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Friendly Reminder: Git is not a fucking backup solution. It's a VCS. They are not the same.

You CAN and SHOULD use rsync or what-ever-backup-you-fancy alongside it, lest you get owned by hardware failure, git repo corruption (yes that shit DOES exist), rm -rf stupidity or any other manner of annoying tech bullshit.

If you make a push for every little change. Stop. If you rely on Git to "save" your repo in the cloud. Stop. If you think your machine doesn't have a chance of just *eating shit* one day. Stop.

Worried about spies? Then you have "gocryptfs" or "cppcryptfs" et cetera for encrypting your local repo. No excuses.

Comments
  • 5
    Or.. shit happens and instead of just throwing around "backups save lives" we just hand off info that may work to restore the repo to its older state, to late now to restore from a non existent backup.

    Granted, backups should exist, I can't remember the last time I ever backed up my own hdd, that's not to say servers are backup-less though.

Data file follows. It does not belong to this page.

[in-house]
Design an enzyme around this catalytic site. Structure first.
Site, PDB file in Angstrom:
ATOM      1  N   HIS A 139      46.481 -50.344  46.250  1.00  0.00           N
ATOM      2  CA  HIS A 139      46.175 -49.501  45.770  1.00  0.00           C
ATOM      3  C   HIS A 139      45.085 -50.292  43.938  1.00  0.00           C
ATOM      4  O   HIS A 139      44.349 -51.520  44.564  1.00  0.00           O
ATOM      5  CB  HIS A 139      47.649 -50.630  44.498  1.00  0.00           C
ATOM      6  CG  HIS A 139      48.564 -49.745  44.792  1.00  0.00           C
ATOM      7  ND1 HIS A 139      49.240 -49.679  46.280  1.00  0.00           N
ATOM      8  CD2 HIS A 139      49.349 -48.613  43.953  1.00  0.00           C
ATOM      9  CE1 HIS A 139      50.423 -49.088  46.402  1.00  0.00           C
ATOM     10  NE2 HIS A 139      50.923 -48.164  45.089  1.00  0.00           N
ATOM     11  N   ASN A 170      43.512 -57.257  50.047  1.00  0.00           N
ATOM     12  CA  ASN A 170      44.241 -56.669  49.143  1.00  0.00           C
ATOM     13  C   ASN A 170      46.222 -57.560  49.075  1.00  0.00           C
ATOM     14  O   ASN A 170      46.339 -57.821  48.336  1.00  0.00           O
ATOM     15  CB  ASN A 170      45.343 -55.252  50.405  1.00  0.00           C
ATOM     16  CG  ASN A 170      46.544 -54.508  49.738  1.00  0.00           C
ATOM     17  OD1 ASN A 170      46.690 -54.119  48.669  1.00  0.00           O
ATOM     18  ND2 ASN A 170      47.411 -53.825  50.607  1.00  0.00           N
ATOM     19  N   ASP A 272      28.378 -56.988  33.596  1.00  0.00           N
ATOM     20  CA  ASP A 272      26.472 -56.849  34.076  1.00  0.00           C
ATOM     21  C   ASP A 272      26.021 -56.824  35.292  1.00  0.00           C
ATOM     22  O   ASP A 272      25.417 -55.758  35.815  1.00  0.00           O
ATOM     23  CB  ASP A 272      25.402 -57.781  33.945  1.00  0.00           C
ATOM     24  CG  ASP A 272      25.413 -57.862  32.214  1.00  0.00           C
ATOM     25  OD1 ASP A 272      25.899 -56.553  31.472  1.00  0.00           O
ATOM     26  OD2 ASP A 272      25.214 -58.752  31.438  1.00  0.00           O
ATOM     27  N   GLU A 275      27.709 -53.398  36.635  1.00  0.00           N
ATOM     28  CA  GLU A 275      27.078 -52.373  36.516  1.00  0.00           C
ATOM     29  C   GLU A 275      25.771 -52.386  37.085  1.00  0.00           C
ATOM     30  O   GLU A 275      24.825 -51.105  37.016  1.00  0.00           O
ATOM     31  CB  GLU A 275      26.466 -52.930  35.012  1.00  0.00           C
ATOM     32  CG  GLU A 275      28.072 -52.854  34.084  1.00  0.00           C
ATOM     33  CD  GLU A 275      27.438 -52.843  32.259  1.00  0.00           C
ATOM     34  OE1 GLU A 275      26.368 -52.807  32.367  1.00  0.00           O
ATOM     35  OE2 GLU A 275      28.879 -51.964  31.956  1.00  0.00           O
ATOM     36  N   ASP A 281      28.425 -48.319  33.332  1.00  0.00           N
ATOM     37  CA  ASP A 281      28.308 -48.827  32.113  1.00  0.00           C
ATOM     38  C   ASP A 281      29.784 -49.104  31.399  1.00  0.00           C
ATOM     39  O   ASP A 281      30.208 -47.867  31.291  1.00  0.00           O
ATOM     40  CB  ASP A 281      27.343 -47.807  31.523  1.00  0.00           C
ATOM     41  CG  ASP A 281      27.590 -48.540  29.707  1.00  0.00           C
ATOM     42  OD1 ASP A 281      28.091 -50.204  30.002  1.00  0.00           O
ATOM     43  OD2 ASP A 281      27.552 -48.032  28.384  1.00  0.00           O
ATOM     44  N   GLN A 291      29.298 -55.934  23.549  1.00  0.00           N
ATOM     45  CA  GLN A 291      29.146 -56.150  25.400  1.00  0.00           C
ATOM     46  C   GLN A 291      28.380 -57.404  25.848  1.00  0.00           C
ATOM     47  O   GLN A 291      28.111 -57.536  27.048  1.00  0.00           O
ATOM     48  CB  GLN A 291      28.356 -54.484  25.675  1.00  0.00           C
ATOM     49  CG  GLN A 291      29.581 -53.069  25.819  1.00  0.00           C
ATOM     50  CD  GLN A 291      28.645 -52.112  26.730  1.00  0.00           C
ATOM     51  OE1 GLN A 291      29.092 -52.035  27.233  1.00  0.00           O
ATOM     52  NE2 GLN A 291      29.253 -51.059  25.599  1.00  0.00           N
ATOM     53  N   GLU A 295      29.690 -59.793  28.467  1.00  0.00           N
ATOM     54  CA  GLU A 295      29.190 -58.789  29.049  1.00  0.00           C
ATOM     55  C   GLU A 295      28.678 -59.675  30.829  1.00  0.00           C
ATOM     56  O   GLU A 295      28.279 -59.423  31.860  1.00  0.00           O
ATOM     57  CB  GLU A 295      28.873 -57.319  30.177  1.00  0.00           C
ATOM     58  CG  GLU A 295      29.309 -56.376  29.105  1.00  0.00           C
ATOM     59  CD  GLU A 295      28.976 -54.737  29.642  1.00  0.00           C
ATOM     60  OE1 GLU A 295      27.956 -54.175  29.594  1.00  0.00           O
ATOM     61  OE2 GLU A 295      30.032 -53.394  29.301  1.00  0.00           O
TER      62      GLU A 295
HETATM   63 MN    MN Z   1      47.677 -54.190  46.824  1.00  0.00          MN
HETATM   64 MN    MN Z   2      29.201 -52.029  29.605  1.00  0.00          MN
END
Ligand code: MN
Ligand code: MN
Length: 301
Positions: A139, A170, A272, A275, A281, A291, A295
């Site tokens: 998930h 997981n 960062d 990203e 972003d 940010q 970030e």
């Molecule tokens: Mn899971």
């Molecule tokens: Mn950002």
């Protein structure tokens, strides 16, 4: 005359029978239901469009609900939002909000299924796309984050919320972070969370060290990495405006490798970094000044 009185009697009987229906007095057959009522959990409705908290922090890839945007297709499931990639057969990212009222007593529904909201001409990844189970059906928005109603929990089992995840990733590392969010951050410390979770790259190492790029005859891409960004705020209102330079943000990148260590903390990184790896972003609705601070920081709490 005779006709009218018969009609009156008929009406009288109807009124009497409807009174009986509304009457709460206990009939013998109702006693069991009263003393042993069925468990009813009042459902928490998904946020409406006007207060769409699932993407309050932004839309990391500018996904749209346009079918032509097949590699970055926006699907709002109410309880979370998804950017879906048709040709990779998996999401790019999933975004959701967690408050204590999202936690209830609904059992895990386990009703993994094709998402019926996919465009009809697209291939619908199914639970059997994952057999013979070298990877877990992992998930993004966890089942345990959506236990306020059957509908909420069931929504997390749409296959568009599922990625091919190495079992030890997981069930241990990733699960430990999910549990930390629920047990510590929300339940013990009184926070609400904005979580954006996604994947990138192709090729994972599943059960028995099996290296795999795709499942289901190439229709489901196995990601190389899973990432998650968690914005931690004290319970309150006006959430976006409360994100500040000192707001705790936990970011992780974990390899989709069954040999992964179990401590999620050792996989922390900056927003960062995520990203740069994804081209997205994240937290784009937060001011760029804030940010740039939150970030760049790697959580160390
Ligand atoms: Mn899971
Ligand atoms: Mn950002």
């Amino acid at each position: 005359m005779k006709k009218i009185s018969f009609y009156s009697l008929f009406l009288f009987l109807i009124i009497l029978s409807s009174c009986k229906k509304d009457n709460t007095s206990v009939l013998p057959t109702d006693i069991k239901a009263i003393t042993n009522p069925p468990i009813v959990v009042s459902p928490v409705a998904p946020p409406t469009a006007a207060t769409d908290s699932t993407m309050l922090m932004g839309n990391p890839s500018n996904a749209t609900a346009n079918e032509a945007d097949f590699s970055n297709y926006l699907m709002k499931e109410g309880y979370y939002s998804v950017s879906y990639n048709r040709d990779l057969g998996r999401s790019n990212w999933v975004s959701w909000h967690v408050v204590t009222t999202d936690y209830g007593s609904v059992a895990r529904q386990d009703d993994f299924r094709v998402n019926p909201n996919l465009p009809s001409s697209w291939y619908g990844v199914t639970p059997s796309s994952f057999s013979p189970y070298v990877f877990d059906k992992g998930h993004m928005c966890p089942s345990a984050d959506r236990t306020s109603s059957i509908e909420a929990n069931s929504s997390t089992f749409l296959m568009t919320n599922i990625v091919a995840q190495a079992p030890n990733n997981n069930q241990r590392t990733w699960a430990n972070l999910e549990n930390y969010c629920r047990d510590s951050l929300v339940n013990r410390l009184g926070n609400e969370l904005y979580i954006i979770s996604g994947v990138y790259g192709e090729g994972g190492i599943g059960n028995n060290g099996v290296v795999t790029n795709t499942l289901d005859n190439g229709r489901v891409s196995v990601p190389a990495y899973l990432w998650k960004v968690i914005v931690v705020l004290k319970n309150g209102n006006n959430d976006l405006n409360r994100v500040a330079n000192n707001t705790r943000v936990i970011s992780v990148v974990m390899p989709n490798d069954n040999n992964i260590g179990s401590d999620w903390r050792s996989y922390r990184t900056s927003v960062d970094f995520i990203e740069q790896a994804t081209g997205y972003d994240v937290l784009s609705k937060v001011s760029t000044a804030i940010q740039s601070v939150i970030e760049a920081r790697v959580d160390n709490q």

• 1
    You should push regularly anyway so your coworkers can continue work on the feature if you don't come to work tomorrow.

    There's just an added benefit that you never lose enough work that it would be worth it to restore a backup.
  • 2
    Pushing for every small changes and rebase -i / amend FTW
    Why use a separate backup solution when we have a very good tool that does a great job at it ?
  • 2
    @MagicSowap Oh God please don't amend a commit that's already been pushed...
  • 4
    @EmberQuill as long as it's on your own branch it's ok
    And rewriting history can be very useful to make it more clear, separate the concerns, etc

    You all sound like you push directly to origin master lol
  • 0
    @MagicSowap true. It was more of a gut reaction because I've dealt with some badly-managed projects where a rebase or amend from a coworker can ruin your whole day.
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